This winter, UniSea will employ four prison inmates at its Unalaska processing plant, following the company's decision to join a work release program run by the state Department of Corrections.
The goal of the "Transition to Work" initiative is to chip away at Alaska's high re-offense rate by helping qualified inmates to learn new skills and prepare for life after prison.
While UniSea's decision has sparked enthusiastic support from a number of community members who believe in that mission, it has also met with strong resistance from others who are concerned about safety.
KUCB's Laura Kraegel spoke with President and CEO Tom Enlow about why the company wants to participate.
TOM ENLOW: There are a couple of motivating factors. One is that it's getting tougher and tougher to recruit and retain processor workers. And secondly, we thought this was an opportunity for UniSea to do things that are part of our core values. We have a history of giving people second chances, so to speak. Oftentimes, people come to Unalaska because they're looking for a fresh start or a new opportunity, or there might be some motivating factor to come out to a remote area to work. And we feel like this program aligns really well with that kind of philosophy we have to be able to offer that second chance to people. Some of our best workers are people who have had a troubled past, worked through that, and just want an opportunity to show people they can do good things and be good people. So it seemed like a natural fit for us.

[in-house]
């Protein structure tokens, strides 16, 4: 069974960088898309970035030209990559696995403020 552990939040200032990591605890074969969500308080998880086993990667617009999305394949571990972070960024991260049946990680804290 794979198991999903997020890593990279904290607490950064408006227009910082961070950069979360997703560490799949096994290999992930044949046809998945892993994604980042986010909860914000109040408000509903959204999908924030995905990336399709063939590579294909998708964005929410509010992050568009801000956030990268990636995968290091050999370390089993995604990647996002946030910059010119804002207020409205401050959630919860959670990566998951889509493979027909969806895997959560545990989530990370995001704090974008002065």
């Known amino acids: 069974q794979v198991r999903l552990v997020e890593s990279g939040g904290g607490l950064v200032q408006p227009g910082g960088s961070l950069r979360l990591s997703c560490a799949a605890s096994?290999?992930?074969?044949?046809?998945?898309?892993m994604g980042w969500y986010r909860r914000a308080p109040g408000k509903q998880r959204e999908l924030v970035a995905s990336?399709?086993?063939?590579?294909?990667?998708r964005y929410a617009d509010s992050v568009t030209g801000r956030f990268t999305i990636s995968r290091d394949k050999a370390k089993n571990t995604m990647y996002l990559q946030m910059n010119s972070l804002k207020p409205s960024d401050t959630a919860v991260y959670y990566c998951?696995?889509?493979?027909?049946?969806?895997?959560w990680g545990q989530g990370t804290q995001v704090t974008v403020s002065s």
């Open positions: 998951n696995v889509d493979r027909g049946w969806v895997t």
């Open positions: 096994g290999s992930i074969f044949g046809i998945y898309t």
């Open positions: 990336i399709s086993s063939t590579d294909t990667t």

KUCB: What's your response to the Unalaskans who are concerned that having inmates here is going to make the community less safe?
ENLOW: I want it to be clear that we certainly are sensitive to the concerns and issues that many people expressed. Unalaska is our community too. We raise our families there, we live there, and we certainly wouldn't want to ever introduce any kind of element that would jeopardize that. We really feel strongly that the state is committed to this program, so they're not going to set themselves up — or set UniSea or Unalaska up — to fail. They're going to send us people who they believe will succeed in the program. So we feel good about it. And if it works, we plan to grow it.